1.5 Word endings and word order
In addition to locating languages ‘genetically’ on a family tree, we can classify them ‘typologically’, on the basis of shared linguistic features – for example according to patterns in the way they use sounds, word endings or grammar. From this perspective too there is nothing special about Greek and Latin. Although both contain features unfamiliar to English speakers these can easily be paralleled elsewhere. Note, for instance, the following two points which set them apart from English (and which we will inspect in more detail later).
Greek and Latin use a rich system of word endings to convey information such as the tense of a verb, the relationship between an adjective and the noun it describes, or the role of a noun within a sentence. This approach to conveying information would be recognisable to speakers of German, Russian, Finnish, or indeed any of a large group of ‘inflected’ languages, ‘inflection’ being the name given to a change in the shape of a word. English itself was originally more inflected than it is today, and still retains some examples, as we shall see later.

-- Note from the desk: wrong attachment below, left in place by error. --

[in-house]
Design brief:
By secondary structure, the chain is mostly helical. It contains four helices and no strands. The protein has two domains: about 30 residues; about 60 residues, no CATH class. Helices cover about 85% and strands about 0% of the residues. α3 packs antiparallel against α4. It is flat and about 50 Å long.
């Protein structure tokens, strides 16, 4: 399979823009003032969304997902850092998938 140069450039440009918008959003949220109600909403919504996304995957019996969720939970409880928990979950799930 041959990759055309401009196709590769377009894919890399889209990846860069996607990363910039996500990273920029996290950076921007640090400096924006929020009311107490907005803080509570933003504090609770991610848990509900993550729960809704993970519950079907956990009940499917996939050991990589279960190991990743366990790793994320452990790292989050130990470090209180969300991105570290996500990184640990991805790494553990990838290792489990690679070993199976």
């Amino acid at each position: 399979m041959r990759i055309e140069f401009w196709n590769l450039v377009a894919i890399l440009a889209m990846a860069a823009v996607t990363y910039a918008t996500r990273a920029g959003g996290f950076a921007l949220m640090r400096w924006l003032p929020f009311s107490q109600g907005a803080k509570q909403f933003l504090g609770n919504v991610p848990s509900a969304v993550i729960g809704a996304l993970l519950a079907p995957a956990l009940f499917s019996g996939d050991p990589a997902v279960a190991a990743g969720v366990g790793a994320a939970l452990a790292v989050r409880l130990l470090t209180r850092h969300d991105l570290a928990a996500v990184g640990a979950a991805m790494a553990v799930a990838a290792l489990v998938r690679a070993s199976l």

Where English says ‘Brutus murdered Caesar’, Greek and Latin prefer the word order ‘Brutus Caesar murdered’. Indeed they have the option of placing the words in any order without altering the meaning of the sentence. Again, we will leave the details for later. For the moment, notice again that this preference for placing the verb at the end, though different from English, can be found in other languages (like Turkish) as can the greater flexibility in word order.